BD: What poets do you read?
HC: Well, the poets that I consider “mainstream” that I love are W.S. Merwin and Billy Collins. Early on, say in my 20s, Dylan Thomas was a great inspiration to me. Oh, and of course, Charles Bukowski, how can anyone live without some Bukowski? Now, I like to read the young’uns … Christopher Cunningham, out of Asheville in our own North Carolina, is one who bears watching. So is Hosho McCreesh out of New Mexico. I also enjoy people whom I have published in my magazine, Pig in a Poke, which has recently been revived as an online literary magazine. But poets I published there long ago — Jim Daniels and Louis McKee spring immediately to mind — still hold a special place in my heart. I have been reading a lot of McKee lately and marvel at his simple eloquence, the easy way he has of talking about difficult subjects. That is at the very heart of poetry.
BD: What advice do you have for others who might want to get started writing poetry?
HC: As Ray Bradbury once said in Zen and the Art of Writing,, don’t do it for money. Do it for passion, for love of the game, so to speak. And keep at it, and keep reading it and pick up pointers from your betters. Copy shamelessly if you must, and eventually you will become one of your betters!
BD: Have you noticed any trends or patterns in your writing over the past 5-10 years?
HC: Yes, I am writing more and thinking about it less. I throw the first draft on the page longhand and then savagely attack it and rewrite at the computer. I know other people — Christopher Cunningham whom I mentioned earlier — who like to write on the typewriter. Doesn’t matter how you do it, it’s getting it done that matters. As I’ve told my wife, Trina Allen, who is herself an excellent fiction writer, the important thing is to place the seat of your pants on the chair. Then, as someone else once said, just open a vein and let it flow.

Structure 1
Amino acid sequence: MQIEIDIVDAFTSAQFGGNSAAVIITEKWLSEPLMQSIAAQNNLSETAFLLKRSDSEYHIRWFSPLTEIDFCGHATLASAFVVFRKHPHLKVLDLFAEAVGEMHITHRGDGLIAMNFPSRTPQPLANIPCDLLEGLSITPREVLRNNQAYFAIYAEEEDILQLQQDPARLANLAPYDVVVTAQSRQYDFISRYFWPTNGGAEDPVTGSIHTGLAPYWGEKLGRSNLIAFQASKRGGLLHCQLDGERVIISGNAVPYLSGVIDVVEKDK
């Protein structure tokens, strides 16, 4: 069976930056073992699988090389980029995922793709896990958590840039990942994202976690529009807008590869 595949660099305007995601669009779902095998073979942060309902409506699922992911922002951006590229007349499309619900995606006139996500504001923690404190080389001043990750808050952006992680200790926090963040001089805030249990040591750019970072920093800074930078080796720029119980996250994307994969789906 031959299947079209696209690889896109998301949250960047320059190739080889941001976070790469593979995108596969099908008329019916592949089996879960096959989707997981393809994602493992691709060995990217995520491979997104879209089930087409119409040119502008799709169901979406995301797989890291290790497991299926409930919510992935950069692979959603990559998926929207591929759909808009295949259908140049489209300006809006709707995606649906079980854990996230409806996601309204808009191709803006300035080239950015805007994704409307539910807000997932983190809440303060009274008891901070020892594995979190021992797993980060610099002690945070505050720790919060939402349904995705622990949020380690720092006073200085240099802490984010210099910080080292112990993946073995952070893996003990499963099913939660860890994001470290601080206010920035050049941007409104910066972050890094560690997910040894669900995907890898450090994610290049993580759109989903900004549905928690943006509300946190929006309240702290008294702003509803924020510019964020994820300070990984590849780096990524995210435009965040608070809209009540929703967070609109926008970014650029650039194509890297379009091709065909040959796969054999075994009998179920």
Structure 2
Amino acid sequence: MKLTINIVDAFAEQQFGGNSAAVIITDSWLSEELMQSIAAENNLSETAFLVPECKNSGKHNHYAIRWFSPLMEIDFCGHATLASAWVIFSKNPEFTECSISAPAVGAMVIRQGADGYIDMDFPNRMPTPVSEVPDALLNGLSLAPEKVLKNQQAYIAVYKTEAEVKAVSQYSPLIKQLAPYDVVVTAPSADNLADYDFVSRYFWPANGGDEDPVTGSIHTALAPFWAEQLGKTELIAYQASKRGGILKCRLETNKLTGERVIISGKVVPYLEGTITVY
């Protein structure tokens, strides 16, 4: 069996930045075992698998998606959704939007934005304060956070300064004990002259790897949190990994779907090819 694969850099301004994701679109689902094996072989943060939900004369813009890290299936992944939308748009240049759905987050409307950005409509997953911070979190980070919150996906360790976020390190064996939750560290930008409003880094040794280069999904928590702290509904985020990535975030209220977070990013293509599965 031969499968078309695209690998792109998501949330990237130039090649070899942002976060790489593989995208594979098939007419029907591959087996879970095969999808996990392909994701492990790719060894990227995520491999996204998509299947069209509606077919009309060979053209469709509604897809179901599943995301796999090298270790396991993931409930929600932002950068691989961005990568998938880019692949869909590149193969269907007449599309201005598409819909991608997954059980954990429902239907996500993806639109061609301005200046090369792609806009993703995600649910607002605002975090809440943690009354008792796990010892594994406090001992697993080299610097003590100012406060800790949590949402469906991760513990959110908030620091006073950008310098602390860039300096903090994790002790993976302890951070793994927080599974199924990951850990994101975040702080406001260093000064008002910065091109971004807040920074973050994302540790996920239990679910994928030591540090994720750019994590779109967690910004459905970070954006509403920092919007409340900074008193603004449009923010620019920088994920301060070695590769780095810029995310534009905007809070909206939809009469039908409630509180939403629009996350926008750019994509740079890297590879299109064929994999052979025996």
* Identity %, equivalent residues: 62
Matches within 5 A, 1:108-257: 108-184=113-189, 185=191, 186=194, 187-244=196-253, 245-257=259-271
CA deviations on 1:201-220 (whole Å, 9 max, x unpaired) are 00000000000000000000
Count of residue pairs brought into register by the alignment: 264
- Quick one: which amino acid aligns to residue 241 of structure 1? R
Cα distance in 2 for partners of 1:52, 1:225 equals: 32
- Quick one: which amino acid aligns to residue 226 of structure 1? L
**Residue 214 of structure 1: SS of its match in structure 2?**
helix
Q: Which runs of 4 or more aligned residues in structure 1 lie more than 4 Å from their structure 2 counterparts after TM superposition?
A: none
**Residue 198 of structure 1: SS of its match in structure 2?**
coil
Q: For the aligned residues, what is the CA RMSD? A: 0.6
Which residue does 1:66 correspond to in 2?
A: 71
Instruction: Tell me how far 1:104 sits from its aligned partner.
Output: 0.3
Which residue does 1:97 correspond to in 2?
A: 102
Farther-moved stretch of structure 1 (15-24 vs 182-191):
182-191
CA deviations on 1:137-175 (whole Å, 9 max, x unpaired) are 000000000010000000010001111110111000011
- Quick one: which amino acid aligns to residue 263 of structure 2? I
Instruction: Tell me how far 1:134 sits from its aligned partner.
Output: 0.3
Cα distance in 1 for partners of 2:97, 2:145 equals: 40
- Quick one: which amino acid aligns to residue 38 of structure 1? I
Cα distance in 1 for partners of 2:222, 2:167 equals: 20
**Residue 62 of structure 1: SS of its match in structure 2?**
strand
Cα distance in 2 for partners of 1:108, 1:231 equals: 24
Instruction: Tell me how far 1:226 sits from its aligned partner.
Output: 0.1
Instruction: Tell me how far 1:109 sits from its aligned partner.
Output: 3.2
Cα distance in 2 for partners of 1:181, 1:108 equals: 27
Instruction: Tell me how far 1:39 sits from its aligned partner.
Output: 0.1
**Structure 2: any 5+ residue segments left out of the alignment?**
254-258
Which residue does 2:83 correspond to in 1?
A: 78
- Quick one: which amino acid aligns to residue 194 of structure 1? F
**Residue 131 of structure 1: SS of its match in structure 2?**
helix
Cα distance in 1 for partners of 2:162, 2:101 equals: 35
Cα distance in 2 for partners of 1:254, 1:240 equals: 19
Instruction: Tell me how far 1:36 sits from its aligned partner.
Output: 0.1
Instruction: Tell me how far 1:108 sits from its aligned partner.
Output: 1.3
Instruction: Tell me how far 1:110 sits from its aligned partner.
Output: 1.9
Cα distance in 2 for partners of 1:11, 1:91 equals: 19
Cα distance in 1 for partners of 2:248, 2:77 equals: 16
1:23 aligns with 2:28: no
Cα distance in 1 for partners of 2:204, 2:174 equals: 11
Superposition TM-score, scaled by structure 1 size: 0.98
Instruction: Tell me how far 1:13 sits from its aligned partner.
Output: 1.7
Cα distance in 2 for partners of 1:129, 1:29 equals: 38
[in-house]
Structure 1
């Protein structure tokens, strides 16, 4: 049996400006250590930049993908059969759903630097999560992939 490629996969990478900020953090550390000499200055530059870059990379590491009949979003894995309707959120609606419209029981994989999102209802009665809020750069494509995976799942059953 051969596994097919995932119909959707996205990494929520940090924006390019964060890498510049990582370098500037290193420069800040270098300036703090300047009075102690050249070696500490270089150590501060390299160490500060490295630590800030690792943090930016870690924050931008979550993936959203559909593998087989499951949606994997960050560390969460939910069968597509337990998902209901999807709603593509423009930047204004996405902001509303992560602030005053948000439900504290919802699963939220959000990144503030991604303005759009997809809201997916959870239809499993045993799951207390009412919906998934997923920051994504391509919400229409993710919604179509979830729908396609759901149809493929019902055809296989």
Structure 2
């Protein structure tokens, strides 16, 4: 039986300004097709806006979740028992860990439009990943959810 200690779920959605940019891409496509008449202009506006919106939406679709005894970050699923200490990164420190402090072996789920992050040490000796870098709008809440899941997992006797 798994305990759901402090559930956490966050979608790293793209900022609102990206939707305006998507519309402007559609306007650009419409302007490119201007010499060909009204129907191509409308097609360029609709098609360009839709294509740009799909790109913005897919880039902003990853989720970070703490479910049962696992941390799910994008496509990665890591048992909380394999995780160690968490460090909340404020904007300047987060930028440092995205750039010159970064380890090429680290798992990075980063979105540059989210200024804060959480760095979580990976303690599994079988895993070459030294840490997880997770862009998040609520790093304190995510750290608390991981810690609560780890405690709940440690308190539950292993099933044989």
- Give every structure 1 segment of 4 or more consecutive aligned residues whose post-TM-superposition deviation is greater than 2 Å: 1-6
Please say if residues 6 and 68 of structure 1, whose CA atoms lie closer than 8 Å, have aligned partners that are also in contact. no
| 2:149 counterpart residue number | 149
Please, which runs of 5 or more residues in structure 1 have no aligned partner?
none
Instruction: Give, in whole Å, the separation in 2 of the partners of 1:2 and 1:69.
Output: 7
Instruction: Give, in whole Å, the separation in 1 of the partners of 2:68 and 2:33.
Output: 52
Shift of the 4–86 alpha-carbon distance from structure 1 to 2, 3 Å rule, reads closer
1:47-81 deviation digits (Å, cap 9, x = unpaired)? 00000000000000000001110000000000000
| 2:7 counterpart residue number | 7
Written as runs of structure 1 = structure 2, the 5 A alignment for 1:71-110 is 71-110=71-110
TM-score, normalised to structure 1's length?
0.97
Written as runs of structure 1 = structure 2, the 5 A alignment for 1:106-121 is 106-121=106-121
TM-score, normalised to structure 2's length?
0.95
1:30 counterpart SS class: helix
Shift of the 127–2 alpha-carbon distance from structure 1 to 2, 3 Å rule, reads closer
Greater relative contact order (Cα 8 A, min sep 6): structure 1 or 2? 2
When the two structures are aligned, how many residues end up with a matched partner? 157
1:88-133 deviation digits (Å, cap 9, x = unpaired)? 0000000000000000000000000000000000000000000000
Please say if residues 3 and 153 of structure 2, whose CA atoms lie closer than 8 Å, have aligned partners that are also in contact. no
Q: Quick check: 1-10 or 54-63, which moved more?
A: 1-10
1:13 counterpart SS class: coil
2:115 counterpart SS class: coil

BD: Share a comment or two about life, parenthood, nature, teaching, writing, or anything else that you'd like.
HC: Life is great. I have a good job — good enough that I can work part-time and still survive. I would recommend that to anyone. It always seemed unfair to me that a working man would have to relegate his passion, his poems, to two days and a few evenings a week. Having an extra day off means so much to me and I really don’t miss the money. Parenthood I wouldn’t know about it, except to say that there is a reason I have never had children. I’m sure they can be a joy, but I’ve also seen what pain they can cause. Nature: I love it … I am a huge fan of Hal Borland, the nature writer for the New York Times, and I incorporate the woods, the sea, the simple sights I see walking my dog Alex into my poems.
That’s about it. It is so gratifying to me that, at age 56, I’m getting some recognition for my poems. I mean, I had some publications earlier on, but nothing like this. Just call me a late bloomer and a baby boomer, and happy either way. And thanks for the interview!
Harry Calhoun’s articles, literary essays and poems have appeared in several magazines including Writer’s Digest and The National Enquirer.
Check out his trade paperback, I knew Bukowski like you knew a rare leaf, the recently published The Black Dog and the Road and his chapbook, Something Real.
He’s had recent publications in Chiron Review, Chiaroscuro, Orange Room Review, The Centrifugal Eye, Monongahela Review and many others.
He is the editor of Pig in a Poke magazine. Read Harry's poetry and more at http://harrycalhoun.net.